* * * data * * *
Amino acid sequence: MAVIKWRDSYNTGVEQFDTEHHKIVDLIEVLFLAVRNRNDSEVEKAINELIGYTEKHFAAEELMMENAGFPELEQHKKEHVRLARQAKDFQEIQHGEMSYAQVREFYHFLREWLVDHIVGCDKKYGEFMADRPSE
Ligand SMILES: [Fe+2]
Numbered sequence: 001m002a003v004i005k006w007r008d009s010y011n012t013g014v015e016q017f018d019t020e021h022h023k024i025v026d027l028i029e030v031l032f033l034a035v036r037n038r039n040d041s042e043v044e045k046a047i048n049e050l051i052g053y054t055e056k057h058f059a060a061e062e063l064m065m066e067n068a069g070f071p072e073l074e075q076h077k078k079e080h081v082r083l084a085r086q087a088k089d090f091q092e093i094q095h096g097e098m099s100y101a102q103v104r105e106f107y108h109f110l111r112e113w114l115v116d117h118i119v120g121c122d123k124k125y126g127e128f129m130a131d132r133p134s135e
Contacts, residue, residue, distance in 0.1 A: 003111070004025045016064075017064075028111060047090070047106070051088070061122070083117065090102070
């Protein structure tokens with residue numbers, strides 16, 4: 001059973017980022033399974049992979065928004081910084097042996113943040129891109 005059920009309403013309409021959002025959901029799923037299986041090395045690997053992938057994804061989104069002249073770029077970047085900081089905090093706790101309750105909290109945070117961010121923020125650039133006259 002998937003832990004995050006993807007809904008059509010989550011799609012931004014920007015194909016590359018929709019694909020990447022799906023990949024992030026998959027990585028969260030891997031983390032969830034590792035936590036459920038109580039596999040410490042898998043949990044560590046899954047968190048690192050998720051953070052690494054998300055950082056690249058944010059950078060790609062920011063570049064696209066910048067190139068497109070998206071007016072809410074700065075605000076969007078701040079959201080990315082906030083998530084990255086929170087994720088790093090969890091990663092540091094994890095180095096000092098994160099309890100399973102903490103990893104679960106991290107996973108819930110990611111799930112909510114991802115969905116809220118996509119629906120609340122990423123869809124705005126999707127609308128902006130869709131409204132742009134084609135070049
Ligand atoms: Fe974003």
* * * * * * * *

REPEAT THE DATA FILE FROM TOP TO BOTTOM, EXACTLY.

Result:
Amino acid sequence: MAVIKWRDSYNTGVEQFDTEHHKIVDLIEVLFLAVRNRNDSEVEKAINELIGYTEKHFAAEELMMENAGFPELEQHKKEHVRLARQAKDFQEIQHGEMSYAQVREFYHFLREWLVDHIVGCDKKYGEFMADRPSE
Ligand SMILES: [Fe+2]
Numbered sequence: 001m002a003v004i005k006w007r008d009s010y011n012t013g014v015e016q017f018d019t020e021h022h023k024i025v026d027l028i029e030v031l032f033l034a035v036r037n038r039n040d041s042e043v044e045k046a047i048n049e050l051i052g053y054t055e056k057h058f059a060a061e062e063l064m065m066e067n068a069g070f071p072e073l074e075q076h077k078k079e080h081v082r083l084a085r086q087a088k089d090f091q092e093i094q095h096g097e098m099s100y101a102q103v104r105e106f107y108h109f110l111r112e113w114l115v116d117h118i119v120g121c122d123k124k125y126g127e128f129m130a131d132r133p134s135e
Contacts, residue, residue, distance in 0.1 A: 003111070004025045016064075017064075028111060047090070047106070051088070061122070083117065090102070
């Protein structure tokens with residue numbers, strides 16, 4: 001059973017980022033399974049992979065928004081910084097042996113943040129891109 005059920009309403013309409021959002025959901029799923037299986041090395045690997053992938057994804061989104069002249073770029077970047085900081089905090093706790101309750105909290109945070117961010121923020125650039133006259 002998937003832990004995050006993807007809904008059509010989550011799609012931004014920007015194909016590359018929709019694909020990447022799906023990949024992030026998959027990585028969260030891997031983390032969830034590792035936590036459920038109580039596999040410490042898998043949990044560590046899954047968190048690192050998720051953070052690494054998300055950082056690249058944010059950078060790609062920011063570049064696209066910048067190139068497109070998206071007016072809410074700065075605000076969007078701040079959201080990315082906030083998530084990255086929170087994720088790093090969890091990663092540091094994890095180095096000092098994160099309890100399973102903490103990893104679960106991290107996973108819930110990611111799930112909510114991802115969905116809220118996509119629906120609340122990423123869809124705005126999707127609308128902006130869709131409204132742009134084609135070049
Ligand atoms: Fe974003």